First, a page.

…And now for something completely different!

In the spirit of re-reading everything I wrote at a later date, I came across my old blog and one of the entries I posted. When I first looked at this entry, the first thing I thought about was how much “fluff” there was in my writing. Despite my qualms with my old writing style, however, I still like this post because I can remember writing it so vividly as well as how I was feeling at the time.

Spring Break (April 1st) – Written on the Amtrak. Tuesday April 3rd, 2007

I can never help but compare events that the ordinary person doesn’t compare. Many times, I’ll compare how good one day of the week was relative to the other. Sometimes I’ll compare how well my friends and I spend our time together (although on this, I am never critical; I just see differences).

Breaks are another thing I compare. It’s weird, I know, but I cannot help but do it. I feel I must reflect on each break and take away some sort of profound lesson or experience that is supposed to positively contribute to my life. Last break, I reflected on how I should take advantage of my free time. It is easy to see how I came to that conclusion: I had been either in school or working every day effectively taking up all my free time, along with completing the dreaded infoHELL class. It’s obvious that I would relish any sort of free time.

This break, however, I don’t think I came across any sort of profound life lesson or positive experience, nor do I think I learned more about myself or grew personally. It was this morning (Sunday, at about 6:30) that I began to realize this. It somewhat bothered me at first, so I started reminiscing my time in Klamath. The only thoughts that somewhat stuck were my cooking dinner twice for my family (once only for my immediate then once for my extended), seeing my younger cousins whom I never get to see, and watching basketball and a movie with my dad.

It’s the last memory in that list that sticks out for some reason. Perhaps it is because it happened more recently than the other two, but when I think about spring break, that’s what I think about.

I hardly left the house that day. The final four tournament was on, and aside from seeing Ohio State advance, I had little interest in the tournament. But my dad did, and that was reason enough for me to watch with him. We watched for four or five hours, my dad not moving much because he was suffering from side effects of a medication he was taking. I remember as it ended, we began to watch a movie. I was at the point of going crazy for sitting still for so long, and was ready to go outside and take a walk in order to reflect on my break, when my dad stopped me and asked me to stay, saying that I only had one more day with him for the next ten weeks and that he wanted to spend it with me.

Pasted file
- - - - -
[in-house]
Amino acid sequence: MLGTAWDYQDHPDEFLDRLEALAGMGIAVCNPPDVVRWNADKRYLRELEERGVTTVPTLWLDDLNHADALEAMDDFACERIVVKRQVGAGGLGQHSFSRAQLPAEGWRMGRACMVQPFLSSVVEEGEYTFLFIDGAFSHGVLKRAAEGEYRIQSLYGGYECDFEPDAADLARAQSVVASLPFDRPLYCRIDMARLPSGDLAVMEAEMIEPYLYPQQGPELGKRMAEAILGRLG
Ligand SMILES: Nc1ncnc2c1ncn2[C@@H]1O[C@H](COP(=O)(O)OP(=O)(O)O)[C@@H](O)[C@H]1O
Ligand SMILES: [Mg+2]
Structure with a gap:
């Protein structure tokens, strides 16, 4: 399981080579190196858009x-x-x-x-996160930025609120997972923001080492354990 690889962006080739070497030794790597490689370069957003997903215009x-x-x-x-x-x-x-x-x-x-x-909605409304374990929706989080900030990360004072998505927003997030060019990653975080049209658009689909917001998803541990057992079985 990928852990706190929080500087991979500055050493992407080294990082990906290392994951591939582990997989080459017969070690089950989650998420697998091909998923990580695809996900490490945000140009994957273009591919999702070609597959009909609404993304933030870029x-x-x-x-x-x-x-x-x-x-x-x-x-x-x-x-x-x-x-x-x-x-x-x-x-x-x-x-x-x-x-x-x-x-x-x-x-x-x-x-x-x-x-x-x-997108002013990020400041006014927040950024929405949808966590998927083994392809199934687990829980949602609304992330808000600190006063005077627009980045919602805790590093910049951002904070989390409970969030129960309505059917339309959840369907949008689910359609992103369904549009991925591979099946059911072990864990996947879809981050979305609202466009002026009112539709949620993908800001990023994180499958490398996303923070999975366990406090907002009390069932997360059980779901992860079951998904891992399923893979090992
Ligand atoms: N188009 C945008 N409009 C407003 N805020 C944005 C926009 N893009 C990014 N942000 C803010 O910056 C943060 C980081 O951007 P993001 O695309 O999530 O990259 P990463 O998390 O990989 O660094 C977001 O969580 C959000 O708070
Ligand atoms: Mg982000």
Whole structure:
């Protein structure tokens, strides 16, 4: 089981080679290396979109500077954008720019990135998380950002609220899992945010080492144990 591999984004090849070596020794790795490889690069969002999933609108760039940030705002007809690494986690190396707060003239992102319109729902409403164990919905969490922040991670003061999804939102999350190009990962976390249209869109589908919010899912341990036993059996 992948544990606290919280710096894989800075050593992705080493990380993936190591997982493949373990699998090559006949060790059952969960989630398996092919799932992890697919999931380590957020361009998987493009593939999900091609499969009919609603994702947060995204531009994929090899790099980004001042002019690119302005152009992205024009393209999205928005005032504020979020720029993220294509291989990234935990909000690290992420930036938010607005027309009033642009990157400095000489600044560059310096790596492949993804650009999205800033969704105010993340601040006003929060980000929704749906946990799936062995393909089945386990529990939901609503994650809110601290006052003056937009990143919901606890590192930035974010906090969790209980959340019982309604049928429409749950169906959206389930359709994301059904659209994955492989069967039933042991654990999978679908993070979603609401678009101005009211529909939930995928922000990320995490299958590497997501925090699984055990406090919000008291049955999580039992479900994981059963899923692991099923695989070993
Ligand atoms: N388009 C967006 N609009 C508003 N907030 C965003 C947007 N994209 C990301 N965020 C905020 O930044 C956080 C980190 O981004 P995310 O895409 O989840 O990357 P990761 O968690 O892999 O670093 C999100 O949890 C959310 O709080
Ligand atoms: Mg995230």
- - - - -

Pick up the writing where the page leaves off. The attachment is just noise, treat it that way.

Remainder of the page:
Of course, I stayed and didn’t think about what he said much until today. While sitting on the train, I think I realized the true profound impact of his statement. Perhaps he didn’t mean it as much as follows, but he made a point that most people will say is salient, even though I failed to recognize it initially. I only have so long with my Dad. I am a sophomore in college; in about two and a half years, I will graduate college, presumably (and hopefully) move out of Klamath for good, and start my own life. My frequent visits home may not be so frequent after I do this.

But to take that further, I can never be sure when the next chance I have to see him is, or if I ever get the chance to see him again. None of us are promised another day on this earth, so it would make sense to appreciate the gravity of every encounter with a loved one without dwelling on it too much during the moment. It’s a simple lesson that, as I’ve said, I’m sure most people see as salient, but is easy to overlook.

I think this is something I need to get good at. Being in college, I will be forced to give final farewells to good friends as we graduate and go our separate ways. This year I’m going to be experiencing that a lot as I will be saying goodbye to three very good friends who are going back home to Japan to finish their schooling, as well as some more than decent people who will be graduating this year. I can think of more than one occasion where I’ve taken their company for granted, and while I don’t want to dwell to much on treasuring their company, I do want to become more aware that their company is a finite commodity.

I think it is somewhat of a romantic thought to want to take away something almost complexly and obscurely profound from every situation, but sometimes, it is the simplest of lessons that are ironically the most profound, and thus the ones that I can learn the most from.

Maybe I’ll do this more often :).

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